Another 69 miles for the count!
The birding this morning was markedly better than yesterday afternoon. I found numerous Brewer's and Vesper sparrows, and I probably observed 5-6 Sage thrashers. The constant chatter of meadowlarks and magpies kept the air alive with sound, and the warm sun today was a welcomed contrast to the ominous clouds that hung over the same space just 14 hours prior. I did not have even a whiff of a Sage-grouse, but it was a beautiful morning to be out birding!
View from the plateau/mesa top this morning
A shot of yesterday's scary clouds. I did all my
grouse hunting in that thin green strip at the
bottom of the gulley.
The view from inside the green strip today.
Grouse and their newly hatched chicks come
to these more lush areas to feed on insects.
A young magpie from this morning -
his tail isn't fully grown in yet!
Close-up of same very approachable bird from above
It was 2pm by the time I picked up the rest of my stuff and headed into Gunnison proper. I had actually been put in touch with some fold at the the Gunnison Division of Wildlife (GDW). I had set up a meeting with them at 4:30 to discuss possible grouse finding strategies. While waiting for this meeding, I stopped at the Neversink rest area along highway 50. Here I had a possible Willow flycatcher. I needed a second look at it, but I was not able to get one before I had to leave for my meeting. I am hoping to return to this spot just 4 miles from town sometime tomorrow to refine this bird. Willow flycatchers have been eBirded regularly from this spot, so if the bird I saw was a Willow, I am sure it will be around tomorrow. I plan to check it out in between bouts of grouse hunting.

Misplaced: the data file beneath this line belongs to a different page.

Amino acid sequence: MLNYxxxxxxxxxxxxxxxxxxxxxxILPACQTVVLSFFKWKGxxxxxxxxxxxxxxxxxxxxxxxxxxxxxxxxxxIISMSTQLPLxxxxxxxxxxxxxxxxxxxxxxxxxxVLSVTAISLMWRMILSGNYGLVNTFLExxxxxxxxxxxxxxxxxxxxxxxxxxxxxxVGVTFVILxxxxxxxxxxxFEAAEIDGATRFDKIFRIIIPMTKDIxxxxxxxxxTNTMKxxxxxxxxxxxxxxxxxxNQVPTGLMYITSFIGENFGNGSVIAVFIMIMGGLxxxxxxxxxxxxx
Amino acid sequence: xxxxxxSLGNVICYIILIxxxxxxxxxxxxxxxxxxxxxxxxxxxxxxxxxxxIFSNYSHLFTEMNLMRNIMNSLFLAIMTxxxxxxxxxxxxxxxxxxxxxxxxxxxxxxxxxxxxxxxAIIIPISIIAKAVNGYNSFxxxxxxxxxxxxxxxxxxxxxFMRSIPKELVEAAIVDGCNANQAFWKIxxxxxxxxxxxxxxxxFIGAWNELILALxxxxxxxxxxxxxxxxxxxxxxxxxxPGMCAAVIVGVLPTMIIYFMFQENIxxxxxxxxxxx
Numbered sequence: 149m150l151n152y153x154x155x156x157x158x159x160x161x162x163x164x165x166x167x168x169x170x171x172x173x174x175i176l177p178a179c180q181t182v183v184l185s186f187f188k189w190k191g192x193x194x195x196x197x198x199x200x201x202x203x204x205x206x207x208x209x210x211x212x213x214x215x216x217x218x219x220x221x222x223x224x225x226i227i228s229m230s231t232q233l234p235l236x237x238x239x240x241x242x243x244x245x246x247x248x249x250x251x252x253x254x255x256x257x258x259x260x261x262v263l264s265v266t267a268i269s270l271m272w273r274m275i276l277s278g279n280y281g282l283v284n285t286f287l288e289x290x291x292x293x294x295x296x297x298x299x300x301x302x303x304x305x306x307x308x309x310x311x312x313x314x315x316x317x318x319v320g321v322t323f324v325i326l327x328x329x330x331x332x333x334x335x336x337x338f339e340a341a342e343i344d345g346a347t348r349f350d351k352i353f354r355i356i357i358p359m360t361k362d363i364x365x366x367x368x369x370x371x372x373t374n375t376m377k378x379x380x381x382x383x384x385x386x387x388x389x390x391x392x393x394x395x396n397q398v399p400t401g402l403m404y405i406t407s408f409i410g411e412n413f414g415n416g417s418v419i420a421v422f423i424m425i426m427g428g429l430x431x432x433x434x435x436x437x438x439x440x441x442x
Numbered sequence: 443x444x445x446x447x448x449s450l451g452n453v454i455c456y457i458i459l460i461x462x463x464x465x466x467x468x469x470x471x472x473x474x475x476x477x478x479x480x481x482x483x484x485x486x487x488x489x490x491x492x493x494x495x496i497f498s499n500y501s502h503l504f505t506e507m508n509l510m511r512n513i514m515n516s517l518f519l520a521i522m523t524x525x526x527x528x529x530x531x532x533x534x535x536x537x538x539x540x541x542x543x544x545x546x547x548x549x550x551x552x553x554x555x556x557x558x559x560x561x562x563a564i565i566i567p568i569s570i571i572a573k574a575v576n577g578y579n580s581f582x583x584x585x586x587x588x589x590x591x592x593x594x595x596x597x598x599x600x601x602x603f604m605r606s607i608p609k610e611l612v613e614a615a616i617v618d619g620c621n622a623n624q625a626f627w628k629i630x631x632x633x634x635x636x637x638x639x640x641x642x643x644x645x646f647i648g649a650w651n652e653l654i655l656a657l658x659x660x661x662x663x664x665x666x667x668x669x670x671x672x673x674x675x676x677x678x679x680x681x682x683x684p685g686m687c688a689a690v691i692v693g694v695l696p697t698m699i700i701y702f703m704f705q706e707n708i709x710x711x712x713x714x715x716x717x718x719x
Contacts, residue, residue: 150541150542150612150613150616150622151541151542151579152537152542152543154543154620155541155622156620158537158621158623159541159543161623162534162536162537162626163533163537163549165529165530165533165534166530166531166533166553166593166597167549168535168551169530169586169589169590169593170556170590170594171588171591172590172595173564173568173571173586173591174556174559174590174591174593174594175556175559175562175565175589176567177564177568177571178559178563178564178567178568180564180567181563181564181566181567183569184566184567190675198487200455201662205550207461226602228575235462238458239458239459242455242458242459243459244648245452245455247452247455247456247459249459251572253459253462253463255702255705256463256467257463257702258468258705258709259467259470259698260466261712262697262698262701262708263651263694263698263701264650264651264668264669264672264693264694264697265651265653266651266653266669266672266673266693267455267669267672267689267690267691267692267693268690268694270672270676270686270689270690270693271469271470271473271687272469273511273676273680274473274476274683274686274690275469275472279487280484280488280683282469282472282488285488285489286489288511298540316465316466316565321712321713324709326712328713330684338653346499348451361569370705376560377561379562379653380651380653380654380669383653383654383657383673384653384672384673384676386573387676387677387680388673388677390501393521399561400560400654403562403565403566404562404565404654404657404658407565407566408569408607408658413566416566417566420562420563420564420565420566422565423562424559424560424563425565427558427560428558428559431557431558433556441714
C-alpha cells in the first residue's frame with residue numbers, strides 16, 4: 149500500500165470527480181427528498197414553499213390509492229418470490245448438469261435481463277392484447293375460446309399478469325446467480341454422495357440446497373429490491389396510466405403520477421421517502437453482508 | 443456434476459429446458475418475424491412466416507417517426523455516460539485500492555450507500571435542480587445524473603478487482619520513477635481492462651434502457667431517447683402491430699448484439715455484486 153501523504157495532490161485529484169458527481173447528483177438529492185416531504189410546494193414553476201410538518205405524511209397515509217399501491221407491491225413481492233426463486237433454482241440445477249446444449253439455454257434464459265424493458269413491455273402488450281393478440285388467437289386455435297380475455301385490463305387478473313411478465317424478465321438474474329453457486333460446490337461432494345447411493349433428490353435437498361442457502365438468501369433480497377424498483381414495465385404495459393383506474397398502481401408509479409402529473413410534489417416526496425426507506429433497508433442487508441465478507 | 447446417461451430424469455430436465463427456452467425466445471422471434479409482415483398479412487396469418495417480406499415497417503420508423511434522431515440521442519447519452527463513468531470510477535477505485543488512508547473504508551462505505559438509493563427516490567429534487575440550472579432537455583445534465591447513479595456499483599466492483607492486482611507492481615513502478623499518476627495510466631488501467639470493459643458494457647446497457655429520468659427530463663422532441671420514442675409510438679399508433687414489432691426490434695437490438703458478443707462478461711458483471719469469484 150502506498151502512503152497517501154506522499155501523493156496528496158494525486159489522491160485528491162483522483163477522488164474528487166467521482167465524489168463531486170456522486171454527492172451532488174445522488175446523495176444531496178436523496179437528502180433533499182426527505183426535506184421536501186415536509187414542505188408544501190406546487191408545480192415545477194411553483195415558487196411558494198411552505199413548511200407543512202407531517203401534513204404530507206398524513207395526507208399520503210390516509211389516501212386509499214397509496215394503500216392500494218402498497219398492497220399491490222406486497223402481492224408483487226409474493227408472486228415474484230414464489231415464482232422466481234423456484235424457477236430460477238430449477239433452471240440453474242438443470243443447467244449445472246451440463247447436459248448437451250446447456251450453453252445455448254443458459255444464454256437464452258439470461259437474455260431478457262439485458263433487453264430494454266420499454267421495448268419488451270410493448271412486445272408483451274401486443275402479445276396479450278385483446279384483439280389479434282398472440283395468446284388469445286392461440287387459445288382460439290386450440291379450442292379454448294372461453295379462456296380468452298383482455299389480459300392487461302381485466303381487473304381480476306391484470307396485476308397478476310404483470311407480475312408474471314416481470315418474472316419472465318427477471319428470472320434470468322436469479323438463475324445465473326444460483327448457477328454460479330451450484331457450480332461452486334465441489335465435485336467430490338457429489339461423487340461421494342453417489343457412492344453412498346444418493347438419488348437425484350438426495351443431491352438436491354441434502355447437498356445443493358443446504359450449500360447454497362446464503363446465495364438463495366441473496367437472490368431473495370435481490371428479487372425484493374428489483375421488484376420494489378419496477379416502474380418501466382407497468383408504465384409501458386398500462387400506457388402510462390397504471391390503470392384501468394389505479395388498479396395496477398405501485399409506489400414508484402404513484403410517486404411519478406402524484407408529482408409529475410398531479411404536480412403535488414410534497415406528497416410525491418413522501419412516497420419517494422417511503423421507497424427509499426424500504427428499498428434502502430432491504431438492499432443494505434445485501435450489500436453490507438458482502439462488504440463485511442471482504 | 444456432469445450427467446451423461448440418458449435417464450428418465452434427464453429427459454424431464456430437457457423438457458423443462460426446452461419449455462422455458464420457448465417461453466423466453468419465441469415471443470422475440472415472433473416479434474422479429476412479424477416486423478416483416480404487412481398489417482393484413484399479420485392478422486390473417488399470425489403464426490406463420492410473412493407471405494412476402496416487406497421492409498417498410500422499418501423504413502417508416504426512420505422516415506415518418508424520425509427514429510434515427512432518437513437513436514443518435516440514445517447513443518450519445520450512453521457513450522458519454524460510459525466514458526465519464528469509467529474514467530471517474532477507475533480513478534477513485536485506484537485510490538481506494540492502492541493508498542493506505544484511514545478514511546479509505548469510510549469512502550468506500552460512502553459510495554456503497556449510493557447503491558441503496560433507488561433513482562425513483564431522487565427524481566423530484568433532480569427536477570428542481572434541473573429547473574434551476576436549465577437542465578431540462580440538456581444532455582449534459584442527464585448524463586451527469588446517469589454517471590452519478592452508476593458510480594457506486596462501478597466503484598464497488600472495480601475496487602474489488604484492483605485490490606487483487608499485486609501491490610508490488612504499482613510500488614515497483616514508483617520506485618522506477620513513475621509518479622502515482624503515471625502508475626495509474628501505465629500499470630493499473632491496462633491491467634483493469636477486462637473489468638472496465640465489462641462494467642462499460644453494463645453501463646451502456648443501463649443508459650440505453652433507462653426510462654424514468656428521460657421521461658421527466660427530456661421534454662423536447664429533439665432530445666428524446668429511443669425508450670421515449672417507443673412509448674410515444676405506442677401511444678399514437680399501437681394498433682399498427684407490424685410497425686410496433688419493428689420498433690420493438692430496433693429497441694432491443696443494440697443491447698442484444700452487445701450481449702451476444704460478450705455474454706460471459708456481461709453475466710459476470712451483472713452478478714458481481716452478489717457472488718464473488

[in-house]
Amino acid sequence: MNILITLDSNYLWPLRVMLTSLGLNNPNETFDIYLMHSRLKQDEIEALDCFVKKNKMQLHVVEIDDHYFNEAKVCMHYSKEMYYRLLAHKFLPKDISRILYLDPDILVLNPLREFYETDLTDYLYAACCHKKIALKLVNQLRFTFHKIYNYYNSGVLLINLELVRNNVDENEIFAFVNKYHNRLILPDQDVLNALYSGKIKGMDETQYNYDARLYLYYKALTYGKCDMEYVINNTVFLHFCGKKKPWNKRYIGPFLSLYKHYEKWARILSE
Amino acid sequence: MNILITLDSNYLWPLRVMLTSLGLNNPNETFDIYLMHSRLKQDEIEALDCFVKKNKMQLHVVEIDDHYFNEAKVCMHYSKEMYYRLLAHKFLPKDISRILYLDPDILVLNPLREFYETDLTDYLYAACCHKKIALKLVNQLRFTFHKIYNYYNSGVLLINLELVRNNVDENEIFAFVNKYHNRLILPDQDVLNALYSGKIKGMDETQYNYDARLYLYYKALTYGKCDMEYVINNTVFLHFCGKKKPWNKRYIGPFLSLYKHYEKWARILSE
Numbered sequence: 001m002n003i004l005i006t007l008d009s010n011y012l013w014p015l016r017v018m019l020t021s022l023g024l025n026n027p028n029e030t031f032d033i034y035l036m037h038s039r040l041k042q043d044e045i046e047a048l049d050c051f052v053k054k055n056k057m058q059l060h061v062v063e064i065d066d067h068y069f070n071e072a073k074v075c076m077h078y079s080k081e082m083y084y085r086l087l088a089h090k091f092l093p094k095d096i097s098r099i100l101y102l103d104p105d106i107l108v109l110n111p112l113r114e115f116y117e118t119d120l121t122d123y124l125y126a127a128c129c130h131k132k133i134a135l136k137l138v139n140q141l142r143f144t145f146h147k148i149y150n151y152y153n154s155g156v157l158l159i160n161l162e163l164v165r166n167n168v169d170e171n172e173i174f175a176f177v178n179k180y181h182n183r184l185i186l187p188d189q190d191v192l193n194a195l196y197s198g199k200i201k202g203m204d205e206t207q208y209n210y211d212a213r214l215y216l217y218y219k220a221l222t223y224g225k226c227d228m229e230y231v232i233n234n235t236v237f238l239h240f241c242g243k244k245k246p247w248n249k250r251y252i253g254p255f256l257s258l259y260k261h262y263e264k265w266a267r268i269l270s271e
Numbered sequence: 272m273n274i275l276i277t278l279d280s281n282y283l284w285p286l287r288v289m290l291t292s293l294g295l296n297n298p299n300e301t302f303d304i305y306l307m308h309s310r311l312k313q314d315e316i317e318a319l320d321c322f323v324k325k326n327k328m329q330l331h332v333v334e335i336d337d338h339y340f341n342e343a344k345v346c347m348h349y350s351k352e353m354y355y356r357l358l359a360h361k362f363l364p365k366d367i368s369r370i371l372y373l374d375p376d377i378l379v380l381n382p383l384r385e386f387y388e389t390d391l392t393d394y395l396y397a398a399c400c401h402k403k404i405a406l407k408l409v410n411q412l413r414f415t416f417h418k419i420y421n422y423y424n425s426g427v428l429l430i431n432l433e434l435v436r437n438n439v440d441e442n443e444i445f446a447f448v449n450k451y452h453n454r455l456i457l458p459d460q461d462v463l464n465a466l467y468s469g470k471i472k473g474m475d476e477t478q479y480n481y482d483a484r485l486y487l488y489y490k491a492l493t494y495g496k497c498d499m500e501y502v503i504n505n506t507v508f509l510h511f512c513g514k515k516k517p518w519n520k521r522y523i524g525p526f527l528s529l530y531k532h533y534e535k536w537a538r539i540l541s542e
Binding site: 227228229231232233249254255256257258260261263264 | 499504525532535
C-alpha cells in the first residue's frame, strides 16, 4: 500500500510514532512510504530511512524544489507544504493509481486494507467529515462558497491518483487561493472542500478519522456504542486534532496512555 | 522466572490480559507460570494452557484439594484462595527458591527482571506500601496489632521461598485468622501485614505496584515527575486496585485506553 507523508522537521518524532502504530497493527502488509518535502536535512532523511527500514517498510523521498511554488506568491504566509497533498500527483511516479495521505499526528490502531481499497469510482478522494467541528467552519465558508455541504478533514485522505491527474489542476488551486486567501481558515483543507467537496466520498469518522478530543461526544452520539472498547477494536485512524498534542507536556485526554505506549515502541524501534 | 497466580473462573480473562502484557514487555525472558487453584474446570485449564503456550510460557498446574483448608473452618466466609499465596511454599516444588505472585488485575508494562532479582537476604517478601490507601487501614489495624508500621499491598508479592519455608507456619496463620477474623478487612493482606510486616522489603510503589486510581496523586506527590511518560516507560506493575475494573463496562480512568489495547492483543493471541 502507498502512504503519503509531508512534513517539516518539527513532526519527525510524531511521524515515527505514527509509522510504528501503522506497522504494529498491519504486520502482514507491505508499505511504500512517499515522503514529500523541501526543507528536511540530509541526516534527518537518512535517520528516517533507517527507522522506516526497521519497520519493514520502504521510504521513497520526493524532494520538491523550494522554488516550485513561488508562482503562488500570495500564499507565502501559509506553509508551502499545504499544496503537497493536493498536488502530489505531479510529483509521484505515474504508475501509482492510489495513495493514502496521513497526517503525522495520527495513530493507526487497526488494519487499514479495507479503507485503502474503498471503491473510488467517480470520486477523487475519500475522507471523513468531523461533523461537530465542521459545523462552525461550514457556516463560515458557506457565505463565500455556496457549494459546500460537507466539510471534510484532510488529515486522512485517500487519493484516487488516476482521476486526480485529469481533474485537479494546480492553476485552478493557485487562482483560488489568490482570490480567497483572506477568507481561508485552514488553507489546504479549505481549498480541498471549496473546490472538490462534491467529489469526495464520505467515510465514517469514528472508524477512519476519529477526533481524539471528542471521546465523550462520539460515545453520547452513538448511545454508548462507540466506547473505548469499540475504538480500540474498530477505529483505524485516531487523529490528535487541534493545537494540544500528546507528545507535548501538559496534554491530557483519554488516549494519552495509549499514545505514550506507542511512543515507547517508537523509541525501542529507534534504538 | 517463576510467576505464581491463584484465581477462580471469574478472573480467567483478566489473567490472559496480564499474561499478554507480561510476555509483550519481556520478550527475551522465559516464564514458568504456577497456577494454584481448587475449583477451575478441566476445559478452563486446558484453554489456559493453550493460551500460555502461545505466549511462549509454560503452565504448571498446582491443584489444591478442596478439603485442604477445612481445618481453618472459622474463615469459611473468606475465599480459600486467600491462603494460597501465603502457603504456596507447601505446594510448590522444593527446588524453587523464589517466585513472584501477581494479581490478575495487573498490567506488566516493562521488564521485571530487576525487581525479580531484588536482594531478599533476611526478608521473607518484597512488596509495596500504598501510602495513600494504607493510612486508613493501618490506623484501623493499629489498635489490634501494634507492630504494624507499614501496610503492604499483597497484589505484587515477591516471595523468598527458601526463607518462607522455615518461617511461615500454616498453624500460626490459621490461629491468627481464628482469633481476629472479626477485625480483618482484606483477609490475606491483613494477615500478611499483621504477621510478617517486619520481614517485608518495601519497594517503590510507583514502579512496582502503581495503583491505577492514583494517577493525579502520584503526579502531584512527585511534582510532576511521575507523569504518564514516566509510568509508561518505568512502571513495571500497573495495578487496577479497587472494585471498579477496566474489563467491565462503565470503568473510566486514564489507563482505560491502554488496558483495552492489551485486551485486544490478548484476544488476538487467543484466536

I met with Nathan Seward of the GDW and of the Colorado Parks and Wildlife. He had invited a reporter friend, Will, to join us. We chatted about my trip, the conservation status of the Gunnison sage-grouse, and about where I might go to find the birds. The Gunnison sage-grouse was formerly considered a subspecies of the Greater sage-grouse, a physically larger (40%) and more widespread western species. While both of these species have seen steep declines in recent years, the Gunnison decline is the more alarming since the population is so much smaller in relative numbers. Their decline in the the last 40 years has been due mainly to development and habitat fragmentation (aka "progress"). Briefly, and I hope I have these numbers approximately correct, there are thought to be around 5,000 of the birds total. 80-85% of them are apparently in the greater Gunnison area. These birds are split between public and private lands, and from what Nathan and Will conveyed to me, it sounds as though local ranchers have been fairly willing to help in the conservation of these now very rare birds. Actually, someone posted this article on my Facebook page today! A victory for the grouse!
Unfortunately, not everyone is as cooperative as the Gunnison locals. In some places, private landowners take it upon themselves just to shoot any potentially threatened animals on their properties. They do this to avoid dealing with any consequences stemming from conservation of these species in the future. The Gunnison ranchers realize that if the Sage-grouse declines to a point where it becomes listed as an endangered species, it will mean a royal headache for them since they won't be able to gaze their cattle on the public lands that they now share with the grouse. They have a vested interest in keeping the population healthy.